How many CIOs are in the audience, and how many board members have they brought with them?
That was the thought going through my mind as I sat listening to presentations at the Cyber Liability Risk Spring Event presented by the NAIC’s Center for Insurance Policy and Research (CIPR) in Orlando days after news of the Heartbleed virus broke.
We have seen major changes in corporate governance in the recent past. The role of the chief financial officer (CFO) has changed from one primarily concerned with reporting results to that of a forward-looking adviser intimately involved in and partnered with every aspect of the business. The role of the chief risk officer has similarly enlarged as enterprise risk management has become recognized as a key to success in business.
Now it is time for CIOs to make sure their role expands, and take with them their board members — many of whom may be as complacent about cyber risk as I once was. Board members need to know what CIOs already do: the finest technical capabilities in the world — the best programmers, the most effective cyber defenses, the most detailed risk management — is not enough to protect against cyber risk. We need to find new tools.
Insurance company CIOs are wonderfully positioned to lead this transition. Not only are insurers on the front lines in the cyber risk fight themselves, they can also help clients discover and leverage best practices across industries.
Doing this is just good business, because otherwise, insurers are going to be the ones paying out as courts evolve to recognize data, privacy and other damages — as well as already recognized concerns like supply chain damage — that often evolve from cyber-attacks.
There is no completely safe cyber interaction. If your company has cyber relations with another — and who doesn’t these days — it is also having cyber relations with everyone that company has had cyber relations with. And so on, and so forth and no barrier can keep you completely safe.
Also see: 10 Cybersecurity Tips from the FCC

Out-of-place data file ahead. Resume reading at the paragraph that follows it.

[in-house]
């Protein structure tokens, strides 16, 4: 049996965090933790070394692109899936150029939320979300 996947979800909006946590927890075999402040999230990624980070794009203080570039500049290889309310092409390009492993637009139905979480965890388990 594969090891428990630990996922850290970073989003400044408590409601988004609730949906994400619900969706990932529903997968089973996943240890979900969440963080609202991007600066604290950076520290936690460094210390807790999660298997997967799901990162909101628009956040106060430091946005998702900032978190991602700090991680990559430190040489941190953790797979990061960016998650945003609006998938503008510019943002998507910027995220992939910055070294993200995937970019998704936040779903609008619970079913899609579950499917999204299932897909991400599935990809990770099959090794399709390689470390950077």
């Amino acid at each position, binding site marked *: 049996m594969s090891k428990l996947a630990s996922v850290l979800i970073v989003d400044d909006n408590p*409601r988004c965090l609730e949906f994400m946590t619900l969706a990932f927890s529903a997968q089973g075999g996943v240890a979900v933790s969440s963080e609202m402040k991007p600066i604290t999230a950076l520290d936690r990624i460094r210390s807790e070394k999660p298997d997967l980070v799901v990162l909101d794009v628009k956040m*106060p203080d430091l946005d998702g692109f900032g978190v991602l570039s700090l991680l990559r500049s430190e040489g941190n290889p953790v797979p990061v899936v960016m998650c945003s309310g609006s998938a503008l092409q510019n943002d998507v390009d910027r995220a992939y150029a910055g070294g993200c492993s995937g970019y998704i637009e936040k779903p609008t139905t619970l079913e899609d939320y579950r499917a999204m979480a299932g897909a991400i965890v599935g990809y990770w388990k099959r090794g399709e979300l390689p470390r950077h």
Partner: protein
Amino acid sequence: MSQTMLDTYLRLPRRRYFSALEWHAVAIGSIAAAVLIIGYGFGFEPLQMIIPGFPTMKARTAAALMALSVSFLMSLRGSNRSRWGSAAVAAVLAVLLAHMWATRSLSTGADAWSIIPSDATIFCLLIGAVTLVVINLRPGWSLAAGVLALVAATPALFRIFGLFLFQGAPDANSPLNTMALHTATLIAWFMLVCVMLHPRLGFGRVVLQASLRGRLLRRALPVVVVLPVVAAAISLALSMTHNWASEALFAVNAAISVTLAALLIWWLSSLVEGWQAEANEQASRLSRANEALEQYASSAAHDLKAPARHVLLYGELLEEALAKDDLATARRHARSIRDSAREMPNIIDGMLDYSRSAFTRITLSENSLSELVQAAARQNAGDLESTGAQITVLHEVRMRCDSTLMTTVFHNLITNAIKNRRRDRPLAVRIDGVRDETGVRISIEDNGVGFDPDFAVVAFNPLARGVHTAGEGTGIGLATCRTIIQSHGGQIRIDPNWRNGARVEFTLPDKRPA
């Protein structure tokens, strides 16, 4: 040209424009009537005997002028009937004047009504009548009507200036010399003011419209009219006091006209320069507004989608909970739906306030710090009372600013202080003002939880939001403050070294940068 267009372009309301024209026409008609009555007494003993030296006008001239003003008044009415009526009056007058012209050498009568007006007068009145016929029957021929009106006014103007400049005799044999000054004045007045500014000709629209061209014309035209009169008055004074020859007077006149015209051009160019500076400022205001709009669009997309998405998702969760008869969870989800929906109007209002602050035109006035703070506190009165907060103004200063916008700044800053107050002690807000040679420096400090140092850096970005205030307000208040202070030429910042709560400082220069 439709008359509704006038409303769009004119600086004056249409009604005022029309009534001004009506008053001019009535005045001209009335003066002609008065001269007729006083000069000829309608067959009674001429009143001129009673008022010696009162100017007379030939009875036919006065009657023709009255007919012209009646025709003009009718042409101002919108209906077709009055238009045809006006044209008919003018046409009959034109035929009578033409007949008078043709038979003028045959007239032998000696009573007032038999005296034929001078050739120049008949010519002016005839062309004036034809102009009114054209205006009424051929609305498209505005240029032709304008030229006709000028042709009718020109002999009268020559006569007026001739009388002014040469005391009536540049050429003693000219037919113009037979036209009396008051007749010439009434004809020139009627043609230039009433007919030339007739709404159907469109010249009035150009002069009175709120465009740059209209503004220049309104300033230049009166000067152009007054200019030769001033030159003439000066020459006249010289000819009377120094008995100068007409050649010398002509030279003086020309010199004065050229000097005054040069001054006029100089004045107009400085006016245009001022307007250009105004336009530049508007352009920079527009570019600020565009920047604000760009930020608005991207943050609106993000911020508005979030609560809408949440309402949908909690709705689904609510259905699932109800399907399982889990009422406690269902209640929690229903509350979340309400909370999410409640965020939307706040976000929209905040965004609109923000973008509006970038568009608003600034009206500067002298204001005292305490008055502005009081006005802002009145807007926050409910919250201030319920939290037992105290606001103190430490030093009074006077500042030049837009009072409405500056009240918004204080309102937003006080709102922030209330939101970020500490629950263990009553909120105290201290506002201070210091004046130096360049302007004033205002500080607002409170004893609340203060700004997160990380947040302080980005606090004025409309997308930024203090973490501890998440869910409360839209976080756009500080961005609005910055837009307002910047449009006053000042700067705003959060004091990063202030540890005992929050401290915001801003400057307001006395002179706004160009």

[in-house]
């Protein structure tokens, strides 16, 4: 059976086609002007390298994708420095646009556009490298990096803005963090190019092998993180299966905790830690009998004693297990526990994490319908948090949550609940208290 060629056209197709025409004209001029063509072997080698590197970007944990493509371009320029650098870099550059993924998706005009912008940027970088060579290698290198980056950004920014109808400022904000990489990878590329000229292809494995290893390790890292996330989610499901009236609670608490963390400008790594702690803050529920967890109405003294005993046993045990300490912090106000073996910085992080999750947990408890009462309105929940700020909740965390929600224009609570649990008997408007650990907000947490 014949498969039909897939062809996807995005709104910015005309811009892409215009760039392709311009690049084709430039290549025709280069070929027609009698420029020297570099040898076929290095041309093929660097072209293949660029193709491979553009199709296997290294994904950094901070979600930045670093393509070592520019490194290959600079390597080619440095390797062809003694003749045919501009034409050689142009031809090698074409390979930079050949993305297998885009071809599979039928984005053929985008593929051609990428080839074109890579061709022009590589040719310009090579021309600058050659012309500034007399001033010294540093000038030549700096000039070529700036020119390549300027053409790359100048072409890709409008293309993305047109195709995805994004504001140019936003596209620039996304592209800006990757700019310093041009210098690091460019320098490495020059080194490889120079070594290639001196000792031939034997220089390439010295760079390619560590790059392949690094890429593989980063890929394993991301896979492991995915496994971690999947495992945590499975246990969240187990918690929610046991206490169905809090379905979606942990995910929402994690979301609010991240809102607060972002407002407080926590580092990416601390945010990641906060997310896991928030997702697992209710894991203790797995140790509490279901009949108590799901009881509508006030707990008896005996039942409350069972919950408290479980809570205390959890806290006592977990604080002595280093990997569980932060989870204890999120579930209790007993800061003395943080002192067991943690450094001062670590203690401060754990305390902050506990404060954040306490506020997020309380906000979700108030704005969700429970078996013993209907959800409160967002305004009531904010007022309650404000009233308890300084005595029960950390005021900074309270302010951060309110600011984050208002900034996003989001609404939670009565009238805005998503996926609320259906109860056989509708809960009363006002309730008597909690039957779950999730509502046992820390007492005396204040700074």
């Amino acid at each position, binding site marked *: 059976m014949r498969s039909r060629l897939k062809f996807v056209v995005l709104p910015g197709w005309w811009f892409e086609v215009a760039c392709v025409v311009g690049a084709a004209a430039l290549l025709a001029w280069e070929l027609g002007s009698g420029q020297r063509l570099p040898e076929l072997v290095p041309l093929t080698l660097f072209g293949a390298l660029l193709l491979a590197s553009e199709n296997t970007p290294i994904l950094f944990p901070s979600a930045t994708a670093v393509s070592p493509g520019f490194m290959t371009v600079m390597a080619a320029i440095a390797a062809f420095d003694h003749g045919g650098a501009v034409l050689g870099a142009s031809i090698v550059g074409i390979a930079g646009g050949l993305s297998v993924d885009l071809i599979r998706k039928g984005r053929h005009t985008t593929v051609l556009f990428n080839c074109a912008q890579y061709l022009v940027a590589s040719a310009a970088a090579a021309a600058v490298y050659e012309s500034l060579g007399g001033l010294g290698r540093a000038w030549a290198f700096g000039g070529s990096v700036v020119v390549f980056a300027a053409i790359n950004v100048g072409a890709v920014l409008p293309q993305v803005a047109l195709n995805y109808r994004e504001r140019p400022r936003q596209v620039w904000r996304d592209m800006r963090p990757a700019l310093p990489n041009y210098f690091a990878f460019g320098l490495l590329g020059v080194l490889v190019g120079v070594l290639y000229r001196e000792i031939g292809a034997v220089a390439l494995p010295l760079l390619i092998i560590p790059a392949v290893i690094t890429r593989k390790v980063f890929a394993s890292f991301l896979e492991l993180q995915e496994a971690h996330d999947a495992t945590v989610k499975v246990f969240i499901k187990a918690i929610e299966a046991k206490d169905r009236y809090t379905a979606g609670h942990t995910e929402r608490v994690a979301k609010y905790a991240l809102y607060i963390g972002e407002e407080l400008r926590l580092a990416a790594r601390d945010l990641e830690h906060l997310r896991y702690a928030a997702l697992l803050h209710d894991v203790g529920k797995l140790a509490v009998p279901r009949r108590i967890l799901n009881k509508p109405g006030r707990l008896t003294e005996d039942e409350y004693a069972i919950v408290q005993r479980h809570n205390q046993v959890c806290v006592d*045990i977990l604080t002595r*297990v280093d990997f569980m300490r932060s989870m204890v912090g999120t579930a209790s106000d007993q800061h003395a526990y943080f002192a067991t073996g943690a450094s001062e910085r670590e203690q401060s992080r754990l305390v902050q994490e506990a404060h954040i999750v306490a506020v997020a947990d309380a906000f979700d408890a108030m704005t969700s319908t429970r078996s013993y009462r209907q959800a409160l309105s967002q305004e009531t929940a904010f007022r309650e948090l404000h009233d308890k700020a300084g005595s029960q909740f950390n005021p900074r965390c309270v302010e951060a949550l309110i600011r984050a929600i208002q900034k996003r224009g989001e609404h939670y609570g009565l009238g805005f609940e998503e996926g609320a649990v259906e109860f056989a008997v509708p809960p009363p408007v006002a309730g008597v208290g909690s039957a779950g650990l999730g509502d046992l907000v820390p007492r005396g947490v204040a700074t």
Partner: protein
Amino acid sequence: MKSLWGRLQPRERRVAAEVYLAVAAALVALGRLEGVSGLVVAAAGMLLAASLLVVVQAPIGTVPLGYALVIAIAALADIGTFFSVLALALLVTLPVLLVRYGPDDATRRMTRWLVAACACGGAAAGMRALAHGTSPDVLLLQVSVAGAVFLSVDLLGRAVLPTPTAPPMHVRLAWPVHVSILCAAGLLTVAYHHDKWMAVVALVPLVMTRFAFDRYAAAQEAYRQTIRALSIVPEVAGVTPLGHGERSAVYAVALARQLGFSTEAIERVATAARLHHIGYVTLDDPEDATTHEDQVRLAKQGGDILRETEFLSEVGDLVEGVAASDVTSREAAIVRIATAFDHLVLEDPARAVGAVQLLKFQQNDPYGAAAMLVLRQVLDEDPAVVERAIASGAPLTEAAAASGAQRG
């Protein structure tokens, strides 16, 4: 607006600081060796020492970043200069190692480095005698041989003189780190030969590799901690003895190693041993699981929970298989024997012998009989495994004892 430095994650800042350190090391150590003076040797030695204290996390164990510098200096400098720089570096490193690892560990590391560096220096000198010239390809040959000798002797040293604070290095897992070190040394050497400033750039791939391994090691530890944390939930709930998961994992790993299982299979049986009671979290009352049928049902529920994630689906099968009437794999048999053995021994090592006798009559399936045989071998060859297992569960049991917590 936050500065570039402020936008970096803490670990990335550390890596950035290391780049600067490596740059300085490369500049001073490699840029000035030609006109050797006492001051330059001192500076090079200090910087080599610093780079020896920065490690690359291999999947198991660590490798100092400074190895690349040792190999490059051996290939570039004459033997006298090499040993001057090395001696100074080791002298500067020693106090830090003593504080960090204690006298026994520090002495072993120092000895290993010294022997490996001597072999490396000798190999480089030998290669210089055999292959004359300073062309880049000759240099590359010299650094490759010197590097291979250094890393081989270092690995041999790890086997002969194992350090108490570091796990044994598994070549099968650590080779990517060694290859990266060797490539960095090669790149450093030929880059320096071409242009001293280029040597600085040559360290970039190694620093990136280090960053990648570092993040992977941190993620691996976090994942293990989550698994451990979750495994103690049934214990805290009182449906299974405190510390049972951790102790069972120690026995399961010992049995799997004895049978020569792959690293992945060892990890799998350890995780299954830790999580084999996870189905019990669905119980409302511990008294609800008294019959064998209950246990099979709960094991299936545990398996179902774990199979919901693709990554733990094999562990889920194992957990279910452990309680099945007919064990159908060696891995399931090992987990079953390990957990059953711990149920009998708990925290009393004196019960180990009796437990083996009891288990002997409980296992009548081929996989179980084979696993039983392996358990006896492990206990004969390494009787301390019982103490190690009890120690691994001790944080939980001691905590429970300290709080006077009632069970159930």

The scary part is this is just with the connections we have today. What happens as the Internet of Things develops? We’ve seen with mobile devices that consumers don’t want walls. What happens when a customer’s refrigerator becomes the way into your network?
Professor Lance Hoffman of George Washington University shared one possible answer at the event. He suggested a consortium of stakeholders — including the insurance industry, government and academia — would be one way to figure out the best approach to security in the future.
As the Internet of Things expands, such a consortium could begin to set standards instead of having unreasonable or unworkable standards built in. In the absence of insurance industry leadership or involvement, tech firms could build their own devices with little or no privacy, security or audit logging built in.
As an alternative to that anarchy, a consortium could move toward the establishment of a research agenda that would examine policy management and technology questions, including the potential of a global cyber loss database with proper privacy controls in a business model that would make such a database viable and sustainable.
Perhaps this is not the only alternative, but it is one route to consider. It seems obvious to me that we need to start considering something. That means that CIOs must take the lead, even if it means having to give a wake-up call to board members who, like me, may feel pretty good about all we have already done to keep our systems secure.
This blog was exclusively written for Insurance Networking News. Published with permission.
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